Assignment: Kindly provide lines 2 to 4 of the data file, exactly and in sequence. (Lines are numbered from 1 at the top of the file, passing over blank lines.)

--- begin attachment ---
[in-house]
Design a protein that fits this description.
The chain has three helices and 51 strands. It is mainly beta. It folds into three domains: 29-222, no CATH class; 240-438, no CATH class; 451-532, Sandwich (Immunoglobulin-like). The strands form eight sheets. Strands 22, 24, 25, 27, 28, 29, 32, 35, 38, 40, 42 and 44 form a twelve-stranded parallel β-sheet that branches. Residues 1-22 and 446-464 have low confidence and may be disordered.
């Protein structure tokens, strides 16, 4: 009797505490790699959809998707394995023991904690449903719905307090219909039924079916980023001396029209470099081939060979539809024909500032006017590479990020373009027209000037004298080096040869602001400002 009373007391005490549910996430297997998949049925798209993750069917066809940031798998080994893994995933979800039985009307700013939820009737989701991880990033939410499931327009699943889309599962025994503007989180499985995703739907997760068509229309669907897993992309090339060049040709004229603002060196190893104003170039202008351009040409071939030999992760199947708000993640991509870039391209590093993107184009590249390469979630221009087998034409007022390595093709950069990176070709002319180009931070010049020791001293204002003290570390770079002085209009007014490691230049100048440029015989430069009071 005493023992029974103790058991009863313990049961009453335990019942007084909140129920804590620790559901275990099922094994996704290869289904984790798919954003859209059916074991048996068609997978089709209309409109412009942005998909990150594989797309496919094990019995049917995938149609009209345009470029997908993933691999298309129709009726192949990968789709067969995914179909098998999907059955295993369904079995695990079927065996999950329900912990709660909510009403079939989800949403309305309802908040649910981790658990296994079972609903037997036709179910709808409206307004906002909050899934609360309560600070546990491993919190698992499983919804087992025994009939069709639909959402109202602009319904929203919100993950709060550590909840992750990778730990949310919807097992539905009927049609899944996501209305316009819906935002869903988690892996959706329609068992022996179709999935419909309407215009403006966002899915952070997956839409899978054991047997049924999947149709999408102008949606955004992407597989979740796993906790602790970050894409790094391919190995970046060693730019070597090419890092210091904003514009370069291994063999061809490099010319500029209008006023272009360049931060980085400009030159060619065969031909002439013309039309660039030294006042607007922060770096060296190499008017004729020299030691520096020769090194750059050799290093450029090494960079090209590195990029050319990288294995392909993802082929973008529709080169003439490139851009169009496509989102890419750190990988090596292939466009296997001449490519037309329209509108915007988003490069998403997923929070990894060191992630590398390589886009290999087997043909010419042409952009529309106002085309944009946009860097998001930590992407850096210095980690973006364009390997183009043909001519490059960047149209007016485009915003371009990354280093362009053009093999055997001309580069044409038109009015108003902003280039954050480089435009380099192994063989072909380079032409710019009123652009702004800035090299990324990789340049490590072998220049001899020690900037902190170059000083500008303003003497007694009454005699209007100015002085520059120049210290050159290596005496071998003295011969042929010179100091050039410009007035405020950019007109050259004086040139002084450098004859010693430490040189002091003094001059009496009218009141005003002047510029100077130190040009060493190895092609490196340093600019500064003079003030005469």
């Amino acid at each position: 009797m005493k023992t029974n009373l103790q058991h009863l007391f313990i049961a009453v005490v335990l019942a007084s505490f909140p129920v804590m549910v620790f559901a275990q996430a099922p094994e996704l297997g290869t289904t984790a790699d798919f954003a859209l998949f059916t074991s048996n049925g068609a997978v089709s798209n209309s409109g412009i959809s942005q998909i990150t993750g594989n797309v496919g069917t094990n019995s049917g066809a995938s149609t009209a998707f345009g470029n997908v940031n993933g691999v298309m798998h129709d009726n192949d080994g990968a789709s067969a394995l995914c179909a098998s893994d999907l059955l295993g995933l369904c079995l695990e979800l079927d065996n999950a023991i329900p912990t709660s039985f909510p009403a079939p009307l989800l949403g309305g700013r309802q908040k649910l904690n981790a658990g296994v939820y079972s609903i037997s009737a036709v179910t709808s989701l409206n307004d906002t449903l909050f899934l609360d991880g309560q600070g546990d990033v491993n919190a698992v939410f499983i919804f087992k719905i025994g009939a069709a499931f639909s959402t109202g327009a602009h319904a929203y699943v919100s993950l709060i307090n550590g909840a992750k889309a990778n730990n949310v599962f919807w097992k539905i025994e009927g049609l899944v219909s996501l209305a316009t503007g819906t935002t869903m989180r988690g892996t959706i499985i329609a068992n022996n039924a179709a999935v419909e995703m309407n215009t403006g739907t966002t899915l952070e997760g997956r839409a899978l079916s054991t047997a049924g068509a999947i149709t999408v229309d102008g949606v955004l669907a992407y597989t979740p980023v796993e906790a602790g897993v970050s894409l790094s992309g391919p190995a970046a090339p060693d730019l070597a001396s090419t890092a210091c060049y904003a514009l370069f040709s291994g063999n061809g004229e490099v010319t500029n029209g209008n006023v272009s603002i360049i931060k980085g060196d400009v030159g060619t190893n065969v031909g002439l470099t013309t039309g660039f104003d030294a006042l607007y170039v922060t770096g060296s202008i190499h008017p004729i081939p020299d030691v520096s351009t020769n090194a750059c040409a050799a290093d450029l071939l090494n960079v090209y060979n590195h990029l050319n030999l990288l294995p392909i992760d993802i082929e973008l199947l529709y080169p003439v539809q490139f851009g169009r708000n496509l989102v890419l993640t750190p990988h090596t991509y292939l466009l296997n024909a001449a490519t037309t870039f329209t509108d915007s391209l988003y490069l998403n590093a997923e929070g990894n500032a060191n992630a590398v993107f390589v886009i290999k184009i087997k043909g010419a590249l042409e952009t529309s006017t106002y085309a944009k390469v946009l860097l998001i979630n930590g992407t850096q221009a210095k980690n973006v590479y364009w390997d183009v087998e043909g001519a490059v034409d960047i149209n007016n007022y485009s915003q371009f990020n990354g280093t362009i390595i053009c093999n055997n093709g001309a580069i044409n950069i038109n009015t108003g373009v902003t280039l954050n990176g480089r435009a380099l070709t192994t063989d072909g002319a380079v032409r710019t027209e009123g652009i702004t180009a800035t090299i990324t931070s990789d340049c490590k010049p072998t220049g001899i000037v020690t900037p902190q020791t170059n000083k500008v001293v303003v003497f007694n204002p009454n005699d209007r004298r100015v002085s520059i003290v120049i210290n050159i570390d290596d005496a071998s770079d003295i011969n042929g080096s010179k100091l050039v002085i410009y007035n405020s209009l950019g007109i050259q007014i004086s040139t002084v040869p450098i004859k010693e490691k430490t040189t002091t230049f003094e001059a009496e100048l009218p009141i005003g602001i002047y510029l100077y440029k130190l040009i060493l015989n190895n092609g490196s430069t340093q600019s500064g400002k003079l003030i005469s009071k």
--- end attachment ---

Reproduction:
Design a protein that fits this description.
The chain has three helices and 51 strands. It is mainly beta. It folds into three domains: 29-222, no CATH class; 240-438, no CATH class; 451-532, Sandwich (Immunoglobulin-like). The strands form eight sheets. Strands 22, 24, 25, 27, 28, 29, 32, 35, 38, 40, 42 and 44 form a twelve-stranded parallel β-sheet that branches. Residues 1-22 and 446-464 have low confidence and may be disordered.
């Protein structure tokens, strides 16, 4: 009797505490790699959809998707394995023991904690449903719905307090219909039924079916980023001396029209470099081939060979539809024909500032006017590479990020373009027209000037004298080096040869602001400002 009373007391005490549910996430297997998949049925798209993750069917066809940031798998080994893994995933979800039985009307700013939820009737989701991880990033939410499931327009699943889309599962025994503007989180499985995703739907997760068509229309669907897993992309090339060049040709004229603002060196190893104003170039202008351009040409071939030999992760199947708000993640991509870039391209590093993107184009590249390469979630221009087998034409007022390595093709950069990176070709002319180009931070010049020791001293204002003290570390770079002085209009007014490691230049100048440029015989430069009071 005493023992029974103790058991009863313990049961009453335990019942007084909140129920804590620790559901275990099922094994996704290869289904984790798919954003859209059916074991048996068609997978089709209309409109412009942005998909990150594989797309496919094990019995049917995938149609009209345009470029997908993933691999298309129709009726192949990968789709067969995914179909098998999907059955295993369904079995695990079927065996999950329900912990709660909510009403079939989800949403309305309802908040649910981790658990296994079972609903037997036709179910709808409206307004906002909050899934609360309560600070546990491993919190698992499983919804087992025994009939069709639909959402109202602009319904929203919100993950709060550590909840992750990778730990949310919807097992539905009927049609899944996501209305316009819906935002869903988690892996959706329609068992022996179709999935419909309407215009403006966002899915952070997956839409899978054991047997049924999947149709999408102008949606955004992407597989979740796993906790602790970050894409790094391919190995970046060693730019070597090419890092210091904003514009370069291994063999061809490099010319500029209008006023272009360049931060980085400009030159060619065969031909002439013309039309660039030294006042607007922060770096060296190499008017004729020299030691520096020769090194750059050799290093450029090494960079090209590195990029050319990288294995392909993802082929973008529709080169003439490139851009169009496509989102890419750190990988090596292939466009296997001449490519037309329209509108915007988003490069998403997923929070990894060191992630590398390589886009290999087997043909010419042409952009529309106002085309944009946009860097998001930590992407850096210095980690973006364009390997183009043909001519490059960047149209007016485009915003371009990354280093362009053009093999055997001309580069044409038109009015108003902003280039954050480089435009380099192994063989072909380079032409710019009123652009702004800035090299990324990789340049490590072998220049001899020690900037902190170059000083500008303003003497007694009454005699209007100015002085520059120049210290050159290596005496071998003295011969042929010179100091050039410009007035405020950019007109050259004086040139002084450098004859010693430490040189002091003094001059009496009218009141005003002047510029100077130190040009060493190895092609490196340093600019500064003079003030005469």